Thomas Sowell is one of the best-known black scholars, with a distinguished list of publications in economics, education and sociology. While he sneers at so-called social science in the preface to this book, he uses all the methods of the social scientist to argue his case. He advances hypotheses and offers empirical evidence in their support. He points to his objectivity frequently and writes soberly and dispassionately. But there is a hole in the centre of his argument.
The argument is that the experience of being an immigrant is not of itself disadvantaging or disabling. On the contrary - as data from various countries and a variety of immigrant groups that Sowell cites seems to demonstrate - immigrants work harder and succeed more often than the natives. Diasporas of the Jews, the Chinese and the Indians bear some testimony to this. The United States is after all the supreme example where the natives lost out comprehensively to immigrants. A similar story of native disadvantage could be told in Australia, New Zealand and much of South America.
The relative position of natives versus the immigrant is not Sowell's concern, however. He is fighting a different battle. The enemy is invisible and not named, but all-pervasive. While his coverage is worldwide, the argument is about the American black community and its relative low economic and social status/performance. Since this low status has been argued as a ground for extensive positive discrimination and since, despite 25-plus years of such positive discrimination, the black/white divide continues to fester at the heart of American politics, Sowell's book is consciously combative.
The argument that certain minorities, often immigrant ones, succeed economically is not new. But in any such argument, the presence of other variables is crucial to the success and being immigrant, by itself, is not enough. Thus the Parsees achieved economic success, not prominence, only after the arrival of the British in India by which time they had been around in Gujarat for centuries. The Irish have done very badly in the UK but much better in the US and Australia. The Indian diaspora is not homogeneous. The Gujaratis have, by and large, done well, as have the Sikhs but, again, the migrant labourers who went to South Africa and the West Indies have hardly been that successful. The Chinese were for many years the poorest community in California and have really only prospered in the past 30 years, a century after their arrival.
The point is that one wishes to have a careful account of the relative contribution of both the fact of being an immigrant and of other extraneous factors. A very important consideration is the time it takes before an immigrant community becomes prosperous. It may take two generations or several. An immigrant community is not homogeneous either. The newly arriving Jews from Eastern Europe were made less than welcome by their earlier arriving cousins in Britain.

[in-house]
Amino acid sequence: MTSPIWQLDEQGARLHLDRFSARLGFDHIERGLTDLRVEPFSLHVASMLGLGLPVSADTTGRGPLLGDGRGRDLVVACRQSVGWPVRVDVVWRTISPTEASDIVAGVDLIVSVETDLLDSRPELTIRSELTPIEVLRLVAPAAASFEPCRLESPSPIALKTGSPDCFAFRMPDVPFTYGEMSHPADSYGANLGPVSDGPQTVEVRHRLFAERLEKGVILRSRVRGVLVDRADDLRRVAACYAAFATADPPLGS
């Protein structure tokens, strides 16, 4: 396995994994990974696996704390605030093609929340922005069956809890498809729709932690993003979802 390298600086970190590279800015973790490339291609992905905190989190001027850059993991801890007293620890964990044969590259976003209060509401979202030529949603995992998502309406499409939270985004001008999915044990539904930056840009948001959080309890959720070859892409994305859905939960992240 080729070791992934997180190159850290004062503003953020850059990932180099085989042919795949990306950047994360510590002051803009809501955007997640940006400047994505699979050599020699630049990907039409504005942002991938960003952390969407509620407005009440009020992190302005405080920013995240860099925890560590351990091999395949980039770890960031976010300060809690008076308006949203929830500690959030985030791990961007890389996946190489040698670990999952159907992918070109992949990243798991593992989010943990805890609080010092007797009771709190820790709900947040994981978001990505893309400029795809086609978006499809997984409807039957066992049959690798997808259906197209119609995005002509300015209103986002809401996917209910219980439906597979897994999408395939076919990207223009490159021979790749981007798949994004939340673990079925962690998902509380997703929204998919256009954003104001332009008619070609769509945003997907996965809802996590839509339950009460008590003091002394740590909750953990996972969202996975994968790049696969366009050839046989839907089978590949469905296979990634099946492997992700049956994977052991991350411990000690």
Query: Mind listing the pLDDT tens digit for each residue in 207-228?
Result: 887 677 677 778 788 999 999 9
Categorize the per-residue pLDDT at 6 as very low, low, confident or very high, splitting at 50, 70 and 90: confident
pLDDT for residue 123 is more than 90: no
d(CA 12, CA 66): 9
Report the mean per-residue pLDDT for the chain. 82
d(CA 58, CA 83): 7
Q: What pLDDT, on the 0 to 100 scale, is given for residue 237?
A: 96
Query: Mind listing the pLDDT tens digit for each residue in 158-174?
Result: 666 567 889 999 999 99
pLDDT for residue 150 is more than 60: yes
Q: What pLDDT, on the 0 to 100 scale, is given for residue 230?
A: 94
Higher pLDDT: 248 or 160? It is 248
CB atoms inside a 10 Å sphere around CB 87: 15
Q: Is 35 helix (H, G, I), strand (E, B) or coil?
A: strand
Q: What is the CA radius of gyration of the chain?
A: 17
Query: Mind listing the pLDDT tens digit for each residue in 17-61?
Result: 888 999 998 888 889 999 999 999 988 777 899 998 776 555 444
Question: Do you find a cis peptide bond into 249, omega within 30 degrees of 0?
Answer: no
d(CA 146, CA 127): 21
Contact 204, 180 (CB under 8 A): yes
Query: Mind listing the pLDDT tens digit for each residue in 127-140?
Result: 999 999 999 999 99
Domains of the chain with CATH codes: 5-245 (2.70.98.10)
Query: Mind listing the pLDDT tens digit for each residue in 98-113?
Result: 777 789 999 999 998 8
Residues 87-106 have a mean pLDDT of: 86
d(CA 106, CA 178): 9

Such, however, is not Sowell's agenda. He wants to show that most, if not all immigrant groups have done well. The problem of the American blacks therefore lies not in that they are immigrants, but in various attitudes towards work, savings and so on that cannot be attributed to their immigrant status.
Slavery is, of course, not peculiar to the blacks nor only an American phenomenon, but slavery in a capitalist context was seen uniquely in America. The added fact that the American revolution was predicated on a doctrine of equality added piquancy to the situation. While the American South was a rapidly growing economy in the first half of the 19th century, the postbellum stagnation in the southern economy, plus the racial discrimination faced by the blacks, could not have helped. It was only the collapse of the share-cropping agriculture, in the 1950s, which caused the second big migration of the blacks from the rural south to the urban north. This brought to light the horrendous inequalities and inequities suffered by the blacks. Indeed, full adult franchise for the blacks can be said to date only from the Kennedy-Johnson civil rights bill and even that caused quite a trauma.
There has been some progress among the American blacks in the past 30 years but one would hardly expect the backlog of two centuries of disadvantage to be wiped out by a short period of positive discrimination. There is now, as was not the case in the 1950s, a black middle class. The problem is that it is not enough for the black Americans and it is already too much for the white. But it would have been interesting to examine the changing position of the blacks, both relative to their past position and to the other communities. That would have been useful. But then that almost smacks of social science!
Lord Desai is professor of economics and director of the centre for the study of global governance, London School of Economics.
Race and Culture
Author - Thomas Sowell
ISBN - 0 465 06796 4
Publisher - HarperCollins
Price - £16.99
Pages - 331